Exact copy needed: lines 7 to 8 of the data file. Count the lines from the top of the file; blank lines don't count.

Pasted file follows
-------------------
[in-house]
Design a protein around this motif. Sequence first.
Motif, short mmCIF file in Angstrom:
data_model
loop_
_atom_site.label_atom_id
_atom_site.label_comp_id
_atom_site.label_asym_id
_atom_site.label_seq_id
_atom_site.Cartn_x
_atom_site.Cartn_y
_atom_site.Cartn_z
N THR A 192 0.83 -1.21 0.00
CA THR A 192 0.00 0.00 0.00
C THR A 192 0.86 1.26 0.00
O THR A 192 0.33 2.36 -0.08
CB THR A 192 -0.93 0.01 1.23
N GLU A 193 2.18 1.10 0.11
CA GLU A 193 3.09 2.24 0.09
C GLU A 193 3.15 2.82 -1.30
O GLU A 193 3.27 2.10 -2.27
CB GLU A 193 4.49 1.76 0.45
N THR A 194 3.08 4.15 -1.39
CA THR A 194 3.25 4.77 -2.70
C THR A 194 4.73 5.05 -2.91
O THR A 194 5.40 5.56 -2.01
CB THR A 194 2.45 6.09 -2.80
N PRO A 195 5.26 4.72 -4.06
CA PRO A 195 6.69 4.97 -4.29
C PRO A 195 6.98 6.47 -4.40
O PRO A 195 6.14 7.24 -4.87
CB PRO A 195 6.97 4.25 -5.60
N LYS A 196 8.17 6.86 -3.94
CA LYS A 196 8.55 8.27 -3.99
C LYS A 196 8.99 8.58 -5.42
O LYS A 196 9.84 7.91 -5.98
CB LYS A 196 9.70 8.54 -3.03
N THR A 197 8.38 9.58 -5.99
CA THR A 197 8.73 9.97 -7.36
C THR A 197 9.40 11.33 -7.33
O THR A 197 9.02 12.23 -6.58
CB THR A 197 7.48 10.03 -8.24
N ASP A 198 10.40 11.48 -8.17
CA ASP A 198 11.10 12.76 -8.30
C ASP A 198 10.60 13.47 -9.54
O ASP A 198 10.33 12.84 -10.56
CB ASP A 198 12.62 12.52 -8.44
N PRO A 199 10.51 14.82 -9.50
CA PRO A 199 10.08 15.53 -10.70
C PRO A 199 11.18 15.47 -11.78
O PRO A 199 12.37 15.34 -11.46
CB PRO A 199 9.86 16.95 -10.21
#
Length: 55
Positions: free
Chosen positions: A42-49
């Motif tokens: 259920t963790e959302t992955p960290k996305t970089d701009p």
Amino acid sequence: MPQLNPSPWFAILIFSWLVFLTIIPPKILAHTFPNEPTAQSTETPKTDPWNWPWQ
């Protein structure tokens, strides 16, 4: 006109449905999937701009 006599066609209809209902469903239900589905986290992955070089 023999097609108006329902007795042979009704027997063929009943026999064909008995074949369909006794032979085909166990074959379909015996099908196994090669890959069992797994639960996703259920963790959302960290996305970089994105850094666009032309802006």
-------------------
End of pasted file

_atom_site.label_comp_id
_atom_site.label_asym_id